The cost in time and money of following your favorite celebrity chef’s holiday meal ideas

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Everyone has a favorite celebrity chef they turn to for recipe inspiration. And as the holiday season arrives, social media is exploding with all sorts of delicious meal ideas from some of the world’s most famous foodies. Who doesn’t love watching these culinary rock stars create incredible dishes that make you drool with desire and maybe reproduce them at home?

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Here’s the thing: not all recipes are created equal, and you’d be surprised which chef’s recipes are ultra-expensive, which take forever to prepare, and which are the easiest to produce.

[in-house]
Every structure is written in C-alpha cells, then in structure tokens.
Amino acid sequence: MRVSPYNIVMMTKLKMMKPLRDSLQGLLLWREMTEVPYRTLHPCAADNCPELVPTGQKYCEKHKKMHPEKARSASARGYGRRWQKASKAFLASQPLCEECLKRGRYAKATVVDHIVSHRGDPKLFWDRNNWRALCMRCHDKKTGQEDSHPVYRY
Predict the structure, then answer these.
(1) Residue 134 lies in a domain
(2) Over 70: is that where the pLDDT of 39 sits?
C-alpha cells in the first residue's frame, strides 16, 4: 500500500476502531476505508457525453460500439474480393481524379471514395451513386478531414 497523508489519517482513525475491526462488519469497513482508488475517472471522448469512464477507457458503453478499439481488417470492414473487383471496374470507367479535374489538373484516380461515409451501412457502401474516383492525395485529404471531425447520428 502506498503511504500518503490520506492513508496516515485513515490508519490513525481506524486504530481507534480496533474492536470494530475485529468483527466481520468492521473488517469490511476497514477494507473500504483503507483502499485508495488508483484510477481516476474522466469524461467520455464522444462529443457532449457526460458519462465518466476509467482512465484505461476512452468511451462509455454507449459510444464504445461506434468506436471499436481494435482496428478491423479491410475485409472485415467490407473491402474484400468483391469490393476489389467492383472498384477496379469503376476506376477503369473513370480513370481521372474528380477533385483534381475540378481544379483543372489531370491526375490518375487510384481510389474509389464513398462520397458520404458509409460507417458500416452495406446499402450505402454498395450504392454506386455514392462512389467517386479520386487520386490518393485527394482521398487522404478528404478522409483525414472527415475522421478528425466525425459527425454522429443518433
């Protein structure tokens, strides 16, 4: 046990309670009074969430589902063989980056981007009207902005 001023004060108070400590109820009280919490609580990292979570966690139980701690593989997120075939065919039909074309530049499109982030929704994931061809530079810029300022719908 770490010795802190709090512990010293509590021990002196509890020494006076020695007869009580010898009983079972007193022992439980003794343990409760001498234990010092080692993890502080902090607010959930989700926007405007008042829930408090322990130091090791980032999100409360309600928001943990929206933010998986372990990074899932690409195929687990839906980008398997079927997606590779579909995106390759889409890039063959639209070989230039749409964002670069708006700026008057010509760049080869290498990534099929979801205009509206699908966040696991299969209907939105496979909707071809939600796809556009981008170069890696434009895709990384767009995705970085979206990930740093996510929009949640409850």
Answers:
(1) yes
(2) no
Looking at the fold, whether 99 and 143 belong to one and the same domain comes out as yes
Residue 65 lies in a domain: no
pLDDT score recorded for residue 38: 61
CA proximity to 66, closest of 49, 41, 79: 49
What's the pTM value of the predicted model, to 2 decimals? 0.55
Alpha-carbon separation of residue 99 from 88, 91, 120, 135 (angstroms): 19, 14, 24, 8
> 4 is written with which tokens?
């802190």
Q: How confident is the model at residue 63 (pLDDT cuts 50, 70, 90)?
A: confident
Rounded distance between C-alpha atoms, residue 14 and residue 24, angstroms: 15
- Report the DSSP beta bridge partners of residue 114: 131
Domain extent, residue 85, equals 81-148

A recent study by UK-based Uswitch (an online service that helps to compare services and products) revealed that culinary icon Nigella Lawson’s Christmas recipes are the most time-consuming, while chef Yotam Ottolenghi’s they are the most expensive to create. Meanwhile, recipes by artist Chrissy Teigen are the second most expensive to create, the studio notes, but the fastest to produce.

“As Christmas is fast approaching and food shortages have been well documented, people are already discussing where they will spend the big day and what they will eat,” says company executive Will Owen in a recent email. “Whether you end up going to a family member’s home or host your own home, cooking a meal on Christmas Day comes with a lot of pressure,” along with a secondary order of stress, adds Owen.